Ubu Roi created a scandal when it was first performed in the Theatre de l’Oeuvre in Paris in 1896 and was described by André Gide as "the most extraordinary thing seen in the theatre for a long time". Having seen the play, W.B. Yeats said: "After us, the savage god." Critics were divided between those who compared it to Rabelais and Shakespeare (Père and Mère Ubu like the Macbeths without consciences or poetry), and those who dismissed it as rubbish and a degenerate schoolboy joke. With its bad language and schoolboy humour, the play tells the farcical story of Père Ubu, an officer of the King of Poland, a grotesque figure whom Jarry saw as epitomising the mediocrity and stupidity of middle-class officialdom. Aided and abetted by his wife, Père Ubu kills the King and claims the throne. Having amassed a great fortune by executing his subjects and seizing their property, he is finally driven out by the ‘Whole Russian Army’ and flees across Europe.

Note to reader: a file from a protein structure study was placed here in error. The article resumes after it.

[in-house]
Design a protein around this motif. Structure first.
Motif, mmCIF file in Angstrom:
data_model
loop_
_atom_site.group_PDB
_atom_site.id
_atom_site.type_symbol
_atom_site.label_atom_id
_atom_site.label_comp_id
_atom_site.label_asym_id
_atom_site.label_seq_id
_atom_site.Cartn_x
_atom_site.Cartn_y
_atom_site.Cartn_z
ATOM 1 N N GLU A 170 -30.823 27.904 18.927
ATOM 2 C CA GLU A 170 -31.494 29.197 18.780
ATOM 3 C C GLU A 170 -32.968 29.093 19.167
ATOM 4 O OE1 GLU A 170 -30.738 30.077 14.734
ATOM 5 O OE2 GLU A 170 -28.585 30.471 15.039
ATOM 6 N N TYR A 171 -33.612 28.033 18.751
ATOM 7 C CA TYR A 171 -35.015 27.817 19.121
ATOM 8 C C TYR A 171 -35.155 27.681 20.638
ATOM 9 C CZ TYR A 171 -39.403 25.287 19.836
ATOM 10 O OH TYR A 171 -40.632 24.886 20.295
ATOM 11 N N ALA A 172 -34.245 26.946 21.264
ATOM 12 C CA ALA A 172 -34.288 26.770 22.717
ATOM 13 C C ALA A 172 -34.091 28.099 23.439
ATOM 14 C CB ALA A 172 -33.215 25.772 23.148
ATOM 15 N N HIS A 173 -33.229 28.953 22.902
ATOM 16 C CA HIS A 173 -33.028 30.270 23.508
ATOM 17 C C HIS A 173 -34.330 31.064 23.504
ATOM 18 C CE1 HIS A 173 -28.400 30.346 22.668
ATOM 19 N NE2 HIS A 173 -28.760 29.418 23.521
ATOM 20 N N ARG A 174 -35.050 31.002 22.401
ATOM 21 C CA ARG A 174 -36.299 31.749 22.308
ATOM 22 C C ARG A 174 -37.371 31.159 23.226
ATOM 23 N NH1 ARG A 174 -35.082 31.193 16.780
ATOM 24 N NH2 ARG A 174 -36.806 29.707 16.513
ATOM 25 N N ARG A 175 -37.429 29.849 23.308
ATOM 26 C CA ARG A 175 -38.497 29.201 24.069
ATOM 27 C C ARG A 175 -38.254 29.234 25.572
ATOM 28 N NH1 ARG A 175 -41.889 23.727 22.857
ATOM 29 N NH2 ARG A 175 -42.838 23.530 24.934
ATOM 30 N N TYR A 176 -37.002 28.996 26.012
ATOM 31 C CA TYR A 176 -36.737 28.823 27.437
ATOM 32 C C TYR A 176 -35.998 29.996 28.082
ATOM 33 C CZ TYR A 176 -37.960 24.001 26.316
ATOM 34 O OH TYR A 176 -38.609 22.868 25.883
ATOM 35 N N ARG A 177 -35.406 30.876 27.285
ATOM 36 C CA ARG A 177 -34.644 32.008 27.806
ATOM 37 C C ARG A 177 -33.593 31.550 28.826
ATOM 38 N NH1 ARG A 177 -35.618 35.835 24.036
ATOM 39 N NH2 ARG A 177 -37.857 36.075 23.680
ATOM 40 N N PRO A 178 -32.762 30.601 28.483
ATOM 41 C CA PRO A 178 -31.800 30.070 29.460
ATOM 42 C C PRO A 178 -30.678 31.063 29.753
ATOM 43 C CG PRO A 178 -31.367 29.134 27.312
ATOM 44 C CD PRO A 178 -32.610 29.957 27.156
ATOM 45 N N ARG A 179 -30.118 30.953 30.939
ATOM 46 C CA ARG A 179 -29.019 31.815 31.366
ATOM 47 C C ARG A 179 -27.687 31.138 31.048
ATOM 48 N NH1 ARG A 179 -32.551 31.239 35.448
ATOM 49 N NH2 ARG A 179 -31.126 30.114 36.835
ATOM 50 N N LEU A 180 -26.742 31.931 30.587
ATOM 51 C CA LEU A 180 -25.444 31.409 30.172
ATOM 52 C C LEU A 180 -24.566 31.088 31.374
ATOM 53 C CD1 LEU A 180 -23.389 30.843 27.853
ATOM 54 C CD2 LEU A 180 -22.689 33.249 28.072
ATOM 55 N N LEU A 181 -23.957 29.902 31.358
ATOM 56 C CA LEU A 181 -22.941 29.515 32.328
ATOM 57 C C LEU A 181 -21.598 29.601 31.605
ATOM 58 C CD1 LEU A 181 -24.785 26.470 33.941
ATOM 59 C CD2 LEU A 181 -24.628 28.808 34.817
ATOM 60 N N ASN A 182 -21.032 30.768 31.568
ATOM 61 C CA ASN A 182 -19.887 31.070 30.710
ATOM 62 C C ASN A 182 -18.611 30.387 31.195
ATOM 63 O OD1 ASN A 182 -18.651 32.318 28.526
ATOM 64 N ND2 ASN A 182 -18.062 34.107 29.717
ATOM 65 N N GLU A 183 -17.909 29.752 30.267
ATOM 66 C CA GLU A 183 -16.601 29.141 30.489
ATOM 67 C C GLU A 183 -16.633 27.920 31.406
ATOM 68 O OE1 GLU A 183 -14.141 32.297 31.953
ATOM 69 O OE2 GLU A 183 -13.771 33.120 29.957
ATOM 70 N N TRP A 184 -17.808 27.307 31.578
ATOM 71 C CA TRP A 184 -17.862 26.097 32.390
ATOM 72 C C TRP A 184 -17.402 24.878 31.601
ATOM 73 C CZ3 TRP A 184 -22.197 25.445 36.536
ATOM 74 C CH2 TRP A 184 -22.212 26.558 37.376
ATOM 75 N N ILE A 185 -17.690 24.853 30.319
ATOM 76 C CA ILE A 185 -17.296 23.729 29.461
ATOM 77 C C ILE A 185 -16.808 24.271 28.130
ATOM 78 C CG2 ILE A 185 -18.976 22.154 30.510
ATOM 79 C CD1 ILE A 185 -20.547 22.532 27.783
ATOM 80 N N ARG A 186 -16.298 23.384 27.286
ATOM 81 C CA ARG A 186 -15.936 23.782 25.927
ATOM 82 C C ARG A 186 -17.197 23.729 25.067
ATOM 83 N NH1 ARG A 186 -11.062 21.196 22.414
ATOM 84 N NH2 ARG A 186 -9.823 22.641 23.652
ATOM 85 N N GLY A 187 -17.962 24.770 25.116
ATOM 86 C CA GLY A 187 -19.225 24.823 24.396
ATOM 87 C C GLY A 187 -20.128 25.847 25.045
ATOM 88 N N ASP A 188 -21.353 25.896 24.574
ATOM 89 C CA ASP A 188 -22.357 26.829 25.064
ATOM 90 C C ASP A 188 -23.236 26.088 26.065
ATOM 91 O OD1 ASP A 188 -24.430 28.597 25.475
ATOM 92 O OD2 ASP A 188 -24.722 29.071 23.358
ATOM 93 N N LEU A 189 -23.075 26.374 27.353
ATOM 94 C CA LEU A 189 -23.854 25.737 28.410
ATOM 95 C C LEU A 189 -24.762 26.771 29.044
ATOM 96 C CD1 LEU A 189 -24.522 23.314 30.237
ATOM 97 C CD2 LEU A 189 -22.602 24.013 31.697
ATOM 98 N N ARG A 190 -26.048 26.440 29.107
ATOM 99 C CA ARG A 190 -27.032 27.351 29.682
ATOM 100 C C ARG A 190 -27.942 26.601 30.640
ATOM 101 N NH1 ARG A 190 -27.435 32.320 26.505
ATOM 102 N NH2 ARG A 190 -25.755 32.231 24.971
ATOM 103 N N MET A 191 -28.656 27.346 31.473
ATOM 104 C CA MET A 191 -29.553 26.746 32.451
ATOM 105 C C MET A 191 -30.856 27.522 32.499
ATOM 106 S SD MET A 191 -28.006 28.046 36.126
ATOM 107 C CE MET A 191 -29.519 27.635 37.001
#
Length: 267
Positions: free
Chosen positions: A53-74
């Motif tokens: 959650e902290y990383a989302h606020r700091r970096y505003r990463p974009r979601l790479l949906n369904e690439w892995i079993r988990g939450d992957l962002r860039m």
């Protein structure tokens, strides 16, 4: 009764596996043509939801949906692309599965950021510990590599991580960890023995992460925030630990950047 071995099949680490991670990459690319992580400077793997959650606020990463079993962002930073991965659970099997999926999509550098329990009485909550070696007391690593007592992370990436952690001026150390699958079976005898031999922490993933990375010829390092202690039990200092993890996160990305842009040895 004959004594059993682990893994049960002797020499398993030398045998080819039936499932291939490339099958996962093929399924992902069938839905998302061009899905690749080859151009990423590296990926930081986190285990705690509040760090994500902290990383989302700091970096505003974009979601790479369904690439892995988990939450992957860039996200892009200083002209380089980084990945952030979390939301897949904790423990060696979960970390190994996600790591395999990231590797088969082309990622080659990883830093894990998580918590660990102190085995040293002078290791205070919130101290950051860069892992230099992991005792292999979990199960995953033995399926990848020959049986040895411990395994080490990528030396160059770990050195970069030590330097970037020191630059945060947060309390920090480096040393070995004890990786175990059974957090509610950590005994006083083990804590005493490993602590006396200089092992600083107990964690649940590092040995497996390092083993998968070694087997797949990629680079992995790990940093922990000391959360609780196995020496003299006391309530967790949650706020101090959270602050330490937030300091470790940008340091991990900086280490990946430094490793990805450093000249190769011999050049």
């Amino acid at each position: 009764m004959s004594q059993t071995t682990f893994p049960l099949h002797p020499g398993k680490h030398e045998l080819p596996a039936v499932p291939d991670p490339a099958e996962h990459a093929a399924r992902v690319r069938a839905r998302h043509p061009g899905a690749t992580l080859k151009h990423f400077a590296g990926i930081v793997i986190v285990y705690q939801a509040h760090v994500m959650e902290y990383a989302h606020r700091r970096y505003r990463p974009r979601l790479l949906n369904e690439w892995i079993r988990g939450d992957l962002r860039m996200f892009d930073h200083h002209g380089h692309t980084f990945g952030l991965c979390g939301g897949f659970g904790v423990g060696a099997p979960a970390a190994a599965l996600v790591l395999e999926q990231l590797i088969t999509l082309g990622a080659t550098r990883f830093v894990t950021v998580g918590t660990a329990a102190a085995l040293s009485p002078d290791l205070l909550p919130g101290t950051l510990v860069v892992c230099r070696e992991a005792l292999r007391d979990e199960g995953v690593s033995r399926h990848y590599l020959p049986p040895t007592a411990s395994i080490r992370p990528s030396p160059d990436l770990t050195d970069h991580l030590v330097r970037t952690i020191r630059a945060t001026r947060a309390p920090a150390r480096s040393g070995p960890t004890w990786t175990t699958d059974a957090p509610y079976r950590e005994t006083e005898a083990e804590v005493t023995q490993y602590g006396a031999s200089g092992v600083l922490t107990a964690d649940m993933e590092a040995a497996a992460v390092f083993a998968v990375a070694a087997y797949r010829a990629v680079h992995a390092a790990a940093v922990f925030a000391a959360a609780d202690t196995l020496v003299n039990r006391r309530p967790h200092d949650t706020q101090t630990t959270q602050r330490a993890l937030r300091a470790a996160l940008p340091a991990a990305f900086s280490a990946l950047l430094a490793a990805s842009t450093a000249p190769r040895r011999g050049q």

Despite the simplicity of the plot, the influence of both the play and the writer has endured. Born in Laval, Mayenne, France in 1873, Jarry wrote Ubu Roi at the age of twenty-three, and it remains his best known and most influential work. Derived from a schoolboy play called Les Polonais, Ubu was inspired by M. Hébert, a school teacher and the butt of schoolboy jokes at the Lycée in Rennes which Jarry attended. Lacking both authority and dignity, the physically grotesque figure of M. Hébert became for Jarry, as Barbara Wright relates in her introduction to the book:"the symbol of all the ugliness and mediocrity he already saw in the world", and he in turn became the inspiration for Père Ubu. The figure of Père Ubu was to be a potent one for Jarry, who became obsessed by his creation, to the point that he began to imitate him, adopting an odd way of speaking, referring to himself as ‘Père Ubu’ and behaving in a highly eccentric, Ubuesque manner.